134,000 troops now saved by Dunkirk evacuation

British troops during the evacuation from Dunkirk, 1940.

On the 29th a number of merchant seamen at Dover refused to take their ships to sea for the evacuation and were replaced by Naval ratings from Chatham. By midnight on the 30th/31st 134,000 troops had been landed. Evacuation is still proceeding. Up to the present 222 warships and 665 other ships have been employed in this operation. Twelve Naval officers and a number of ratings have been sent as a ” beach party ” to Dunkirk, and about 130 small ships, requisitioned from the French, are being sent to Dover…




Royal Navy submarine HMS Seal is captured

HMS Seal showing battle damage

Two ratings just managed to escape from the flooded rear compartments before the watertight doors were sealed. The seriously damaged submarine now lay with her aft end wedged in the mud unable to surface, despite frantic efforts from the crew. After nearly 24 hours submerged the whole crew were seriously affected by lack of oxygen and some were nearly comatose.




First Civilian Deaths in England

The ARP and police were to stand on a large 'water tank' during their rescue of casualties in Victoria Road, Clacton.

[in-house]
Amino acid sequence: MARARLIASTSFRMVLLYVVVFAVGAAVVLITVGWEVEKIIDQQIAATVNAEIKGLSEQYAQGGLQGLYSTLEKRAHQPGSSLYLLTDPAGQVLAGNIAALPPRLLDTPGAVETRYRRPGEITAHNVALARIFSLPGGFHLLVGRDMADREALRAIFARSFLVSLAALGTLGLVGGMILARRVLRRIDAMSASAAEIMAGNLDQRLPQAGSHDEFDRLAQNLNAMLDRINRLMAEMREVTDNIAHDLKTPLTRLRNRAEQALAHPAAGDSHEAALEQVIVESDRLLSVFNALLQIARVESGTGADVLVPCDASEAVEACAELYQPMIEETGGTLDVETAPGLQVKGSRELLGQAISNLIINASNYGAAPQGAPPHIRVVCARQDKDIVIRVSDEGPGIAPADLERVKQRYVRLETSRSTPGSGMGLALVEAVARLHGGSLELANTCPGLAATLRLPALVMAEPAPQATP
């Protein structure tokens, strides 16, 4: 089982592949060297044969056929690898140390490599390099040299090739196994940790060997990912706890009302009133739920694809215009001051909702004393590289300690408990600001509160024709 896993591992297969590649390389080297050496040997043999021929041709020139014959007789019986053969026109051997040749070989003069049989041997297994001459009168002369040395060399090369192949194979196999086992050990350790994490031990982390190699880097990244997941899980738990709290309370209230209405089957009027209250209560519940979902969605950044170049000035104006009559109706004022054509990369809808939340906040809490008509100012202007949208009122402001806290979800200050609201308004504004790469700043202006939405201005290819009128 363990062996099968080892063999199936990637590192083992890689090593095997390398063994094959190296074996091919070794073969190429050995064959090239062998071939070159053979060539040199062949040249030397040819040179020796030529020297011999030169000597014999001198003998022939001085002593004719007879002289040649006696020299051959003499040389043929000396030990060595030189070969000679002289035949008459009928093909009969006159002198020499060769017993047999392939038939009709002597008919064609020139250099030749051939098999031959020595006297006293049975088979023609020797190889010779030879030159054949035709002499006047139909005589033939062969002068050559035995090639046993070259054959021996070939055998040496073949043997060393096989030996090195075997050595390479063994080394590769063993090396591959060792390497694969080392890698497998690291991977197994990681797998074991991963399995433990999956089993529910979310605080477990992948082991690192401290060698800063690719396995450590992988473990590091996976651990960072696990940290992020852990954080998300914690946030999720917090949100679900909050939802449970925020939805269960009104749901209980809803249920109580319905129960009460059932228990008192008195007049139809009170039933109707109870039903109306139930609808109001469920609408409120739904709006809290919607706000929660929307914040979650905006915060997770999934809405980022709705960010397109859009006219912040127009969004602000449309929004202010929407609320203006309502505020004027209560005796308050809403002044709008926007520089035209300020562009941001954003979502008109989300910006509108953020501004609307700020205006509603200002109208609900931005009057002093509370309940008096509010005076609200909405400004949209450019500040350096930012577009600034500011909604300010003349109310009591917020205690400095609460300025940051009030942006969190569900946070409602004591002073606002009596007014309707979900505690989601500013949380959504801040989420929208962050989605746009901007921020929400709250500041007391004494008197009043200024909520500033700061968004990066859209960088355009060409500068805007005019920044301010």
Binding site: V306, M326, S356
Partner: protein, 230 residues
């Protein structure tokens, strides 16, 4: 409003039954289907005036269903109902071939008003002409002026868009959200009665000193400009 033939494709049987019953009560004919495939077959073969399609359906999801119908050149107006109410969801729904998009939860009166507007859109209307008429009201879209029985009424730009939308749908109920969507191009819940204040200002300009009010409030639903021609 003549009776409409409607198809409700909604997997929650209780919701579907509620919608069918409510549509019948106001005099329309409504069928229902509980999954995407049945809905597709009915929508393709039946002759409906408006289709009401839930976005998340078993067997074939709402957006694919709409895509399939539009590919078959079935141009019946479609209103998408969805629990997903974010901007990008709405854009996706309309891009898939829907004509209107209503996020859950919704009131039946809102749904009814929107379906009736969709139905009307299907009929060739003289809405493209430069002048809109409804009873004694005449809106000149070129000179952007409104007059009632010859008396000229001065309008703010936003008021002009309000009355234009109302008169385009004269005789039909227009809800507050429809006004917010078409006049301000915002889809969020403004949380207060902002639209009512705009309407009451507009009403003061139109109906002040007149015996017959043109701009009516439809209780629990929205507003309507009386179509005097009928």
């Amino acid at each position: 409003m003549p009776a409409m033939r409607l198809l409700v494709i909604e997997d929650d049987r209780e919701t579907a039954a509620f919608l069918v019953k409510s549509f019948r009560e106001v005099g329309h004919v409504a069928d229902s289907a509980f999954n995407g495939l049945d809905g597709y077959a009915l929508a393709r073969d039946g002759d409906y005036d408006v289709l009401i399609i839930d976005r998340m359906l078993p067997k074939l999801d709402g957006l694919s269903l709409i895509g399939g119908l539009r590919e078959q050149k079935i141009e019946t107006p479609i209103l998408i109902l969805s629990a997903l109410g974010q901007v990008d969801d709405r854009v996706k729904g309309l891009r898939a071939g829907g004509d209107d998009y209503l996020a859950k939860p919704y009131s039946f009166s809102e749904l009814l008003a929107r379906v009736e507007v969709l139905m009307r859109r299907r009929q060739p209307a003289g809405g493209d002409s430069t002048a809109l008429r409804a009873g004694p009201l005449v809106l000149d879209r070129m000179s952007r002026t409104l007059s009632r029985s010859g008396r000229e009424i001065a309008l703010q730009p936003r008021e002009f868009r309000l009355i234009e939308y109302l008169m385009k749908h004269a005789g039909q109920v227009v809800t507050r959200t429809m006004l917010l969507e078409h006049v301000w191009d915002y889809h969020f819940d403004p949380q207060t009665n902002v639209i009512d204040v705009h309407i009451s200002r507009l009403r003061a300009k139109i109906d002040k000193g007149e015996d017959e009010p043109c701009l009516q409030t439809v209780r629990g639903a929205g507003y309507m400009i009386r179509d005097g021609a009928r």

Frederick Gill and his wife Dorothy became the first civilian fatal casualties of the war in England, when a Heinkel bomber crash landed on their house, No. 25 Victoriia Road, Clacton. Moments later there was an enormous explosion. The plane had been circling over Clacton in Essex for about half an hour before it came down, and many people looking out of the windows were injured in the blast.




First German air raid on UK

Aerial view of HMS Southampton being bombed near the Forth Bridge

‘Almost simultaneously there was a giant waterspout as high as the bridge alongside one of the capital ships and a barge tied up alongside; it seemed to fly up in the air! In later life I discovered it was HMS Southampton.’